Save any slurry that's settled on the bottom and when you change the water add the sugar, food/protein (I use spirulina), the whole recipe with a little less yeast possibly. Feeding yeast more then just sugar is what will keep it viable. That slurry should have live yeast culture and will decrease the startup time needed with a new batch. I have also found IME, that a larger surface area then the soda bottles provide will maintain a more stable culture and I use a 4L cube found at a homebrew shoppe.,1223.html I also use champagne yeast from this same site.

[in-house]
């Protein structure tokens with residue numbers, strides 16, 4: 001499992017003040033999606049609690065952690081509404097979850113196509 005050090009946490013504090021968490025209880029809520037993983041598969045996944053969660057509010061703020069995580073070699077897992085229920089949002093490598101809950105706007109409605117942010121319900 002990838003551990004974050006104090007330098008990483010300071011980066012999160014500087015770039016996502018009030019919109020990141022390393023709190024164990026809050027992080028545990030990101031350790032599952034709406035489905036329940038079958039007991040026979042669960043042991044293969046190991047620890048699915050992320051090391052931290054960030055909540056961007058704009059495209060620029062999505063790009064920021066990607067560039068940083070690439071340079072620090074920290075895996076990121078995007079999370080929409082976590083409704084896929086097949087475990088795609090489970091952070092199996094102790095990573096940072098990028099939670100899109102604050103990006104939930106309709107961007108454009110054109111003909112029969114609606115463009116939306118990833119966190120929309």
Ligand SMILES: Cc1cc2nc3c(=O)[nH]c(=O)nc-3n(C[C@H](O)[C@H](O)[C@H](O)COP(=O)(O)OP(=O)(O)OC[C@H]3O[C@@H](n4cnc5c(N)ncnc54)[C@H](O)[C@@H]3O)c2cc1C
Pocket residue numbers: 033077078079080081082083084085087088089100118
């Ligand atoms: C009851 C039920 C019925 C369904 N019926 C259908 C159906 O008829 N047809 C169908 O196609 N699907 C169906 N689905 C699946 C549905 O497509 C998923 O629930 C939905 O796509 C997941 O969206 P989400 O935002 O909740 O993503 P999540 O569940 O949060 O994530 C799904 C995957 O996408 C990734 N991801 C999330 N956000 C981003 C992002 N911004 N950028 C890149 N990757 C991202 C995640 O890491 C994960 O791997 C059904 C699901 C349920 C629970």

DIY is extremely helpful at teaching economy. The levels of CO2 are at best 1-2bps and learning how to use that bubble rate effectively requires an efficient method (reactor/needle wheel) for getting the CO2 to the plants. Even if you go on to use pressurized CO2 (probably cheaper in the long run and much easier to automate when you're away) it's an advantage having learned how to get the most from DIY CO2. The biggest downside to DIY CO2 (fish keeping in general) is trying to get the babysitter to understand the routine. You can't use a timer with DIY to stop it at night.